From there, it took me nearly two years to get the access I would need to accurately and authentically tell this story, and then it took over three years to actually research and write the book (especially because—as I’m sure we’ll get to—the, uh, “unexpected twist”).
CR: I also really enjoyed your last book, Console Wars, which was about the Nintendo vs. Sega fight for video game dominance in the 90s. Both Console Wars and The History of the Future take place in the tech and gaming world. But to me, the more interesting theme that connects these books is what I view as stories of underdogs who found improbable success. Do you agree or have any thoughts on that observation?
BH: For me, for any writing I do, the ideal reader that I think about when I write is my grandmother. Because basically what I want to challenge myself to do is to tell these tech/gaming stories in an ultra-accessible way so that someone without knowledge of these topics (Sega, Nintendo, Virtual Reality, etc.) could still enjoy them. And the key to that, I think, is by focusing on the characters, their ideas, and universal themes—to lay out Console Wars as a story about a father-of-three vacationing in Hawaii who gets approached with a surprising job offer; and to set up The History of the Future as a modern day “American Dream” story about an inventor who wants to start a company to sell his thing.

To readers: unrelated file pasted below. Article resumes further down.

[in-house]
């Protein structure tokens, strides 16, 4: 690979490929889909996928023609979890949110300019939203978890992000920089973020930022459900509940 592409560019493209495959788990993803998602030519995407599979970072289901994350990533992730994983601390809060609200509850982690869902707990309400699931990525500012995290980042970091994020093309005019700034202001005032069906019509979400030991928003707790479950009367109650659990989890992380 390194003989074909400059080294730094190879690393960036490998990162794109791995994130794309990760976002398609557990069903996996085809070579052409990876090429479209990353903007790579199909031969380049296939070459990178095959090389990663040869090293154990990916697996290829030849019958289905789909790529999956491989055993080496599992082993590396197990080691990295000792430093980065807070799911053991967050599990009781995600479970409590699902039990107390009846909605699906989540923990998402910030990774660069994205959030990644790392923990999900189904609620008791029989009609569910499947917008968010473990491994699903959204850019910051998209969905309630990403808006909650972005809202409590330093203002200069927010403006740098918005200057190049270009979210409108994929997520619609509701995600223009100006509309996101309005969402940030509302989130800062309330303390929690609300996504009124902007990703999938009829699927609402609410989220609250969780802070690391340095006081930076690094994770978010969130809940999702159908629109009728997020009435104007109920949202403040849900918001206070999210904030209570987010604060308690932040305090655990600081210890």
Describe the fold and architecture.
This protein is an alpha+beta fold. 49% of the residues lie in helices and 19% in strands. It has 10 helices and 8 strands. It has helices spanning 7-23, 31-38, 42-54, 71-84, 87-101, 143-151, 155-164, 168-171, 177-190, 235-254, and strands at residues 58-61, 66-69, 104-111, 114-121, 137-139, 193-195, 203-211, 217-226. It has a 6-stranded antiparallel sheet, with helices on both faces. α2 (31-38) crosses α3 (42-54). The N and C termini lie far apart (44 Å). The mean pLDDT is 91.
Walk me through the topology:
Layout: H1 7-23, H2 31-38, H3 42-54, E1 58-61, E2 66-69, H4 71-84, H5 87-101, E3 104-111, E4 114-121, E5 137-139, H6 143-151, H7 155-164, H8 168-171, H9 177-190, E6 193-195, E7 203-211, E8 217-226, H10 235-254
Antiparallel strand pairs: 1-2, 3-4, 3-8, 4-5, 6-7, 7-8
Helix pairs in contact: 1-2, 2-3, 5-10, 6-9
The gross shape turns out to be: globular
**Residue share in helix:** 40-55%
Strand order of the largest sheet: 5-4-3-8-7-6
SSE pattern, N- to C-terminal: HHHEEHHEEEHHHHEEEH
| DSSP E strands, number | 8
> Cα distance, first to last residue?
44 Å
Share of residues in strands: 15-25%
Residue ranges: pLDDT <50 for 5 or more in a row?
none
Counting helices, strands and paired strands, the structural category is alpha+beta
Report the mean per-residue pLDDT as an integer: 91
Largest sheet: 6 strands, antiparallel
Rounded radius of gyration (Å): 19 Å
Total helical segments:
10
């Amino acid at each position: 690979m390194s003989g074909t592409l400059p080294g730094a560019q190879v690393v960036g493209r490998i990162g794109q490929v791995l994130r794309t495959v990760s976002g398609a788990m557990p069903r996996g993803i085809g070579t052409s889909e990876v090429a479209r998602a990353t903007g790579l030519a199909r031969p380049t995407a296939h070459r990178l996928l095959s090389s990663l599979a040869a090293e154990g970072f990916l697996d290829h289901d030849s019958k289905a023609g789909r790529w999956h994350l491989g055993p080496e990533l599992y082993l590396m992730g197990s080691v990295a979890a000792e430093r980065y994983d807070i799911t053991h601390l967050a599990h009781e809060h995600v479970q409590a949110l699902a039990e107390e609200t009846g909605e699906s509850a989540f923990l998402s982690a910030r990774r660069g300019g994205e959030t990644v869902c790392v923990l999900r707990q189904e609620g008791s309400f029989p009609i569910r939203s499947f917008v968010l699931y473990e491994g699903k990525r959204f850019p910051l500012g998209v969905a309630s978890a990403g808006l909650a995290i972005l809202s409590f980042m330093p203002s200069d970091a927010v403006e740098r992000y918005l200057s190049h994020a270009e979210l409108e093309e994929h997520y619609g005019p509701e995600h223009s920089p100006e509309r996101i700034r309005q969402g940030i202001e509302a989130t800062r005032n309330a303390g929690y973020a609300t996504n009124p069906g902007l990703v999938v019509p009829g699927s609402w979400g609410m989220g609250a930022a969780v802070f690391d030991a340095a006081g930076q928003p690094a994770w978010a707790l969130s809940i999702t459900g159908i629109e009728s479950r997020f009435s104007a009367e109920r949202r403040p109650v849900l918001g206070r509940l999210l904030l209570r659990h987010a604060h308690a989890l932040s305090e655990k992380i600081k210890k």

I suppose all of that is a long-winded way of saying: you’re totally right! I don’t think that with either I ever thought to myself “I need to find a good underdog story” but your observation is a good one in that an underdog tale sort of inherently solves my writing-for-grandma-problem. And I think the other thing—the reason I’m particularly drawn to underdog stories—is because each of these books took me 3-4 years to write; that’s a lot of time spent with these characters and these companies, and (on a personal level) I think the uplifting and inspirational nature of these types of stories is partly necessary to keep me energized for these long hauls in storytelling.